- I applaud the decision to go into primetime with fifteen spellers, rather than risk having an extra afternoon round calibrated too wrong in either direction. When in doubt, give more kids the lifetime thrill of having that level of coverage. This proved to be a much better decision than a second written test as a cutoff, especially when knowledge of said results made live rounds futile for too many, or forcing a halt mid-round.
- Zero interviews with spellers after elimination. The kiss-and-cry area, while front stage, was treated with dignity and restraint.
- A minimum of cutesy packages.
- A broadcast which focused on the spellers and gave real insight on what made particular words difficult.
- Shourav. Mogollon. His mom's reaction.
Don't Do This Again
- Never, ever, ever consider the possibility of a written test settling a tiebreaker for the final outcome. That was a bad idea. Let it never come to fruition.
- I am still not sure how long the Bee should go before declaring a tie (25 rounds between the final two seems like a lot), but I do know that a competition featuring kids and hopefully watched by hundreds of thousands of other kids should not come close to overlapping with The Late Show. Yes, eliminating 14 kids (see above) takes more time than eliminating 10, but this event should never start at 8:30pm in the first place. Why not 7pm?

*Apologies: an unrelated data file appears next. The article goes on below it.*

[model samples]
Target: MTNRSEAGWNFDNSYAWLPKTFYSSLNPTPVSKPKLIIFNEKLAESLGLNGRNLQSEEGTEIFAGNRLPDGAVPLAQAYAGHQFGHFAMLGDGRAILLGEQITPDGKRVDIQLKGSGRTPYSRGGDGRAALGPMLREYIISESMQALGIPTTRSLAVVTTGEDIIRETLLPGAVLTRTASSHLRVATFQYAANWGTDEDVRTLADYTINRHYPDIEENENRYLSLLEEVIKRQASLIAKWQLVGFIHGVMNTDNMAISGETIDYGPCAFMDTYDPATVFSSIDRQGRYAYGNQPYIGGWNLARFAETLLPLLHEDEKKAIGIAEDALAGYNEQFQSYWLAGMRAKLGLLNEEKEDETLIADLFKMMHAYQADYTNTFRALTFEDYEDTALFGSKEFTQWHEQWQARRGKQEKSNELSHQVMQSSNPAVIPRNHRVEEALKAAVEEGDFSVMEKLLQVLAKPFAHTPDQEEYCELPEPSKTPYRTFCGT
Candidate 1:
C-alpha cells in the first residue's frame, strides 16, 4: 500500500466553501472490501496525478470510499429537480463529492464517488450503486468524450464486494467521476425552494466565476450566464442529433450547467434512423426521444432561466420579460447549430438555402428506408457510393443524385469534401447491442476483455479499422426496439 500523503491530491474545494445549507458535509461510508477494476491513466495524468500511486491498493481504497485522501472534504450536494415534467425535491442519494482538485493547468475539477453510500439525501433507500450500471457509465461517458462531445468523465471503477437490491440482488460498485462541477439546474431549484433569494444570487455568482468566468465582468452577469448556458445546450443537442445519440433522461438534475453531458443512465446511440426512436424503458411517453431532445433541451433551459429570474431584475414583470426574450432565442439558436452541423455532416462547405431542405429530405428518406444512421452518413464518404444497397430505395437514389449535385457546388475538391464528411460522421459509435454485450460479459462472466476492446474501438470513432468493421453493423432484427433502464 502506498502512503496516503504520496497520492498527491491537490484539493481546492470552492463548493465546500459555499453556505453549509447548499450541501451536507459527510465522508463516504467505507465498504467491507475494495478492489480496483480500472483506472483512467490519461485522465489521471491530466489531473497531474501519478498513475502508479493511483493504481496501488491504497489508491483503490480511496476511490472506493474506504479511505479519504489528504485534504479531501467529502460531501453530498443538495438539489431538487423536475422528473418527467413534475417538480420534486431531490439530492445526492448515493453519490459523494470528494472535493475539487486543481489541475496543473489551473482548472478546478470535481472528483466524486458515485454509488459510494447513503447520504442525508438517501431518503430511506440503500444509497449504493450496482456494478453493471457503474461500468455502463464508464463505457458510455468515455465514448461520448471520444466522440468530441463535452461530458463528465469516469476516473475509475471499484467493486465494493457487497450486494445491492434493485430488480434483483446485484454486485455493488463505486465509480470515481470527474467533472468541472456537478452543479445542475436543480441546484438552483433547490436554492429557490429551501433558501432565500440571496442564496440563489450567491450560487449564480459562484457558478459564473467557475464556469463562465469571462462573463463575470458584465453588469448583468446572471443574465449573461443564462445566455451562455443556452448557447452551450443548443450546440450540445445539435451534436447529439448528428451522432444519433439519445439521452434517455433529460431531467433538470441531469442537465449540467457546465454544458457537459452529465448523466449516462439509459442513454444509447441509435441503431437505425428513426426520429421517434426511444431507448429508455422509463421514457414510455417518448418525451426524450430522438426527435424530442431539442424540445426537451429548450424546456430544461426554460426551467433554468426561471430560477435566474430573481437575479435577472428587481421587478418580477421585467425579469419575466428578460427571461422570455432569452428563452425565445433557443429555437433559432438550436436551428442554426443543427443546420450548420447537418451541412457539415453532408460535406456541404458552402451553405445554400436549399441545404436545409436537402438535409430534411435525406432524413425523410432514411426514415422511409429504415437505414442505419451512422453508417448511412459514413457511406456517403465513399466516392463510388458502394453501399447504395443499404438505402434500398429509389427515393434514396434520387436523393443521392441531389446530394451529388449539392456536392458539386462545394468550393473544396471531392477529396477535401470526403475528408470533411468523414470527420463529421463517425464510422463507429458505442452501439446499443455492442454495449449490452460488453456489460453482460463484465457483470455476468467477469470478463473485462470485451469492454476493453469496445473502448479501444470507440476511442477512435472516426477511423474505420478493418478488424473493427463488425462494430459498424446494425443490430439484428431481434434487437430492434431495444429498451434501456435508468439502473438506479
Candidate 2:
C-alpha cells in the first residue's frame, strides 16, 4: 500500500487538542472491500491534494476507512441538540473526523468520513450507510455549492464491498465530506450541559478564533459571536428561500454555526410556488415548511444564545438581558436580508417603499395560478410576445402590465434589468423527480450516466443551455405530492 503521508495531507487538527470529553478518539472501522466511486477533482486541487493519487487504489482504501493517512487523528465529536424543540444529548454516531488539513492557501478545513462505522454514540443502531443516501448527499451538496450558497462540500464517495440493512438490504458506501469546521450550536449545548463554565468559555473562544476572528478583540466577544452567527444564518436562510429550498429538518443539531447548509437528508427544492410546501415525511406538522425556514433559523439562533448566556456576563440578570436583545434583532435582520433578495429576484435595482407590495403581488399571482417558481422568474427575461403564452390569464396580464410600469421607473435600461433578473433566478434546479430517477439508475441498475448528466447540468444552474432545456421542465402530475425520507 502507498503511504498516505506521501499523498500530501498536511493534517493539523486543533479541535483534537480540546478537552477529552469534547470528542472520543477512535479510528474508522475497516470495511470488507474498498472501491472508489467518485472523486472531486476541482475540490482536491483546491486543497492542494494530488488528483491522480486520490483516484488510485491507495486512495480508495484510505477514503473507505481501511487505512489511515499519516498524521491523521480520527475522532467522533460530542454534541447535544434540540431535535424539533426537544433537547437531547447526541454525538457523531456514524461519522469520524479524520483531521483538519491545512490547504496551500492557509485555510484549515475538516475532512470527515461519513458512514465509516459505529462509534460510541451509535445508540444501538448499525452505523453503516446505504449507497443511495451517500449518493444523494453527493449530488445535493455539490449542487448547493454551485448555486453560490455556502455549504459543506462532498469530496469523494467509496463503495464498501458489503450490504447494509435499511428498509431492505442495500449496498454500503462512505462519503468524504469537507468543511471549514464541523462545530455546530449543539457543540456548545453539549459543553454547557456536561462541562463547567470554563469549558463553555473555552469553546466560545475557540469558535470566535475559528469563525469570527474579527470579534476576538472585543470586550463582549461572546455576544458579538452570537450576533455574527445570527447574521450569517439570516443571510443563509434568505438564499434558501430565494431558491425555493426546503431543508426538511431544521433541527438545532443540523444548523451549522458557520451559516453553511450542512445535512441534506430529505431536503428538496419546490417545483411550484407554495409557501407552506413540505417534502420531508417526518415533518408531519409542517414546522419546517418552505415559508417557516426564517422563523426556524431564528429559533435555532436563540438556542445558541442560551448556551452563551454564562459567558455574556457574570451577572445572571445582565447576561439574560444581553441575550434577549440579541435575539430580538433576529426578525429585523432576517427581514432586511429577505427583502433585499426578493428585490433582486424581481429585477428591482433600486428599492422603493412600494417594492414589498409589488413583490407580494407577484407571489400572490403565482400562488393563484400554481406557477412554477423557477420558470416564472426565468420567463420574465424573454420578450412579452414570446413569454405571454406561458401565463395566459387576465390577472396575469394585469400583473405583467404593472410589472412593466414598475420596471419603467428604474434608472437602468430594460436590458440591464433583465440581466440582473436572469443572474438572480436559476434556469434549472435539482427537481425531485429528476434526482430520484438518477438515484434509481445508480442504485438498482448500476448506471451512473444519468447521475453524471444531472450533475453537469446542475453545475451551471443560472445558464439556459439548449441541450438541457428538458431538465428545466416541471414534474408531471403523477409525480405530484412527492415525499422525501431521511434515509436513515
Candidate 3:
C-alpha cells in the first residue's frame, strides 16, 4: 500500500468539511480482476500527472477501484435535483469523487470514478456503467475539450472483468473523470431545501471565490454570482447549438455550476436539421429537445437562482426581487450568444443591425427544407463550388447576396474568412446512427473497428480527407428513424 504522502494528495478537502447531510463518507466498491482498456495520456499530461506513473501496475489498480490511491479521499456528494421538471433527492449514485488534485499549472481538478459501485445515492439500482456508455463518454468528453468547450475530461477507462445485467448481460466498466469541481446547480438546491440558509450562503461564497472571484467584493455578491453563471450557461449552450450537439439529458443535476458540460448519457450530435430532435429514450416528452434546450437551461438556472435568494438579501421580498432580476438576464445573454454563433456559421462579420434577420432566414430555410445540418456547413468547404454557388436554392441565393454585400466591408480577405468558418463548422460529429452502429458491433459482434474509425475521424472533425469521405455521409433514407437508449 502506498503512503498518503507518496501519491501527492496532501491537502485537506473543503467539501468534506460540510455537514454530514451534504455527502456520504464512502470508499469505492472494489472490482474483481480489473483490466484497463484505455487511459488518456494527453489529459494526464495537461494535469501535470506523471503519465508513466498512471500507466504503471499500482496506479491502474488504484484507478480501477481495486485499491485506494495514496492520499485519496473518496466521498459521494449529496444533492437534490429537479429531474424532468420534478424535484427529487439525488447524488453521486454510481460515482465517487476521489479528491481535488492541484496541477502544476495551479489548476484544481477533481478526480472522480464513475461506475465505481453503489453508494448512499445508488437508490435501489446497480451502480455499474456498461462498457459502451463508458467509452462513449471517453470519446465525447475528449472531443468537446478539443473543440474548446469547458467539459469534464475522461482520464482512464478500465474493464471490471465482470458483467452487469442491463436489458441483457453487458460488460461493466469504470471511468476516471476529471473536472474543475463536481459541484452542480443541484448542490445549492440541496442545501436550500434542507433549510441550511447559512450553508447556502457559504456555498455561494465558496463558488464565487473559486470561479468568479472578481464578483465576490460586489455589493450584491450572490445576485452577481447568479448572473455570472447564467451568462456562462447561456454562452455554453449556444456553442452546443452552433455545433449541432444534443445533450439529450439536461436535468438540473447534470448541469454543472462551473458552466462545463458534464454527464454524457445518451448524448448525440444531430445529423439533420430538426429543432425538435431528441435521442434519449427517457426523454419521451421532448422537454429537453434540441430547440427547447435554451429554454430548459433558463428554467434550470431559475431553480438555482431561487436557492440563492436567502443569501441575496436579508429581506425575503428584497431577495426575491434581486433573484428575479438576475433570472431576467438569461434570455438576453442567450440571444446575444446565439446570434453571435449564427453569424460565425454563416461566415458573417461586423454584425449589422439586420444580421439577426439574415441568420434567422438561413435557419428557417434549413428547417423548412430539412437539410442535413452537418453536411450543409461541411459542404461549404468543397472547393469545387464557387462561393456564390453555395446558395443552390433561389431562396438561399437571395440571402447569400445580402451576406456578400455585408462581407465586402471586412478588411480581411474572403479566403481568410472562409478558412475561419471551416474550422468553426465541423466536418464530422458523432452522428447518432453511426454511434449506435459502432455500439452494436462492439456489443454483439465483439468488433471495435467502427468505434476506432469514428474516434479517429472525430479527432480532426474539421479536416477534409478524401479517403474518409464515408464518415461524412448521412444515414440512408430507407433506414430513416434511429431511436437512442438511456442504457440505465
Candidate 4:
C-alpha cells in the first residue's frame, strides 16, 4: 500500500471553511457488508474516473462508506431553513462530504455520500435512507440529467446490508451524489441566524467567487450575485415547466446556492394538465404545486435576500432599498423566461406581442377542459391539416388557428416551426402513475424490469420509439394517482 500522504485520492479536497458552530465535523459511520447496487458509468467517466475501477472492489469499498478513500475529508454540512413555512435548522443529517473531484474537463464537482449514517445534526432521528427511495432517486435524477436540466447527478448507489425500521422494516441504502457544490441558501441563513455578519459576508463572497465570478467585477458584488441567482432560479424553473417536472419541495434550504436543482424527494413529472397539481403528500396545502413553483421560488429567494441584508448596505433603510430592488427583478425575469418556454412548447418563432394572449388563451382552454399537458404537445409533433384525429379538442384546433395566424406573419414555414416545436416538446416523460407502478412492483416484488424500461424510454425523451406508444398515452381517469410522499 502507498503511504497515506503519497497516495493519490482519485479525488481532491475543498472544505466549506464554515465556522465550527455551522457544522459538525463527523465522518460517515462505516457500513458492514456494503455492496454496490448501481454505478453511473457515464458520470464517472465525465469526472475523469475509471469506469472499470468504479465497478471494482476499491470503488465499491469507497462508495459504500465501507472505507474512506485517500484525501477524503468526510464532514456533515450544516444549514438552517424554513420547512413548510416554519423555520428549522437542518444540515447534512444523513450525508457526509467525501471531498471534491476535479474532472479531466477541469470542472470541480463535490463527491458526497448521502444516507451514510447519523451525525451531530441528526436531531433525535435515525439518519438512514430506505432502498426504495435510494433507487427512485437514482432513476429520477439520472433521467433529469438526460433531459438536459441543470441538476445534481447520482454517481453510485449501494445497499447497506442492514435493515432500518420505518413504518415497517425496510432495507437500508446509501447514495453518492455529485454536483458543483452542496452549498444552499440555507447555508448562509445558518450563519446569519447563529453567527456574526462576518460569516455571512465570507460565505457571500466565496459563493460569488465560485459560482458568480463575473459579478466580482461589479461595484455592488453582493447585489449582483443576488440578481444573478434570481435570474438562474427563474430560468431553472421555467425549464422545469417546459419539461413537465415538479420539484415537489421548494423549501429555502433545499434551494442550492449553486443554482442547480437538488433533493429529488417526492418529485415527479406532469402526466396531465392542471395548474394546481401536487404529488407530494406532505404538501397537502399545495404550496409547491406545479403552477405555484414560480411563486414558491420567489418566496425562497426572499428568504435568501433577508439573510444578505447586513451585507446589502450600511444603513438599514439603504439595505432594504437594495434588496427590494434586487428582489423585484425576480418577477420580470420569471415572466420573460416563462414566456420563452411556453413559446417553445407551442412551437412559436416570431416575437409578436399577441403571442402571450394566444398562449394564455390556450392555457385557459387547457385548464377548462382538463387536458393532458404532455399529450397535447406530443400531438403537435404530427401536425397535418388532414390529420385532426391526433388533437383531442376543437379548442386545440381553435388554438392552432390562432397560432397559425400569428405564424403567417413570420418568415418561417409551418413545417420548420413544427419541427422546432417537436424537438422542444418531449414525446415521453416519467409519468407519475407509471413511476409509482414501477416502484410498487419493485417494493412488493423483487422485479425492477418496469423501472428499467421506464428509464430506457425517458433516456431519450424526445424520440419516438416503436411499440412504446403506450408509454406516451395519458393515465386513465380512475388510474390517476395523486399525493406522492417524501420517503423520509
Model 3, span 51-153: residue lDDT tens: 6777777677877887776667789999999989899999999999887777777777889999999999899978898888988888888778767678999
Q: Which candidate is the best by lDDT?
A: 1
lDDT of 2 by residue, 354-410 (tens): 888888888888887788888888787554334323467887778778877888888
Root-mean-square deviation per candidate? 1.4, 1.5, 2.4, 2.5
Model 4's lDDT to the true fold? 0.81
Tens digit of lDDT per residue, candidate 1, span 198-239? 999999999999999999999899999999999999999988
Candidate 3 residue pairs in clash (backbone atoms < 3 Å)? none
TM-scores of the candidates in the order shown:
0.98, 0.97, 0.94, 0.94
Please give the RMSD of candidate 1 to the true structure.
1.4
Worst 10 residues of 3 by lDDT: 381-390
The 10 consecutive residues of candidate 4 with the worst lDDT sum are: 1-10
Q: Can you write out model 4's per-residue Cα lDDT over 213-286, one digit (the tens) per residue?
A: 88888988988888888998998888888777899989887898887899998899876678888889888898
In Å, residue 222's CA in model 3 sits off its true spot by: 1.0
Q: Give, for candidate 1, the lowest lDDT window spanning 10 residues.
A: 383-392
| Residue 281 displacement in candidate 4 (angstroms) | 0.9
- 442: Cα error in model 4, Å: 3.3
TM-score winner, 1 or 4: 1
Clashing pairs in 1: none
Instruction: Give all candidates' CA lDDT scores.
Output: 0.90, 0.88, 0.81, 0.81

- Related: did the kids have water up there? That's a lot of time under bright lights, and the fatigue was evident -- especially for Rohan.
- Siddur. Siddur should not be a primetime word. I feel fairly confident about this. [Nor should clafouti(s), even though the speller erred on this.]
Not Quite Right, But I Don't Know What To Do
- The broadcast briefly addressed the topic of the recent dominance of Indian-Americans at the Bee, but in an unsatisfying way. The first time around, it was just a quick note at the statistics on recent winners, but later ESPN aired a prepared piece interviewing some of the spellers as to their theories on why - with one speller's talking about an ethic of hard work not quite coming across correctly tonally. There has been a lot of good reporting on this topic, whether on the importance of the North-South Bee or things like Gene Demby's explaining similarities between the Spelling Bee and basketball in terms of clustering, nurturing, and rewarding talent in discrete communities, and ESPN's overview was more glib and disconcerting than informative. During the Bee itself just might not be the right place for it at all.
Floor is open.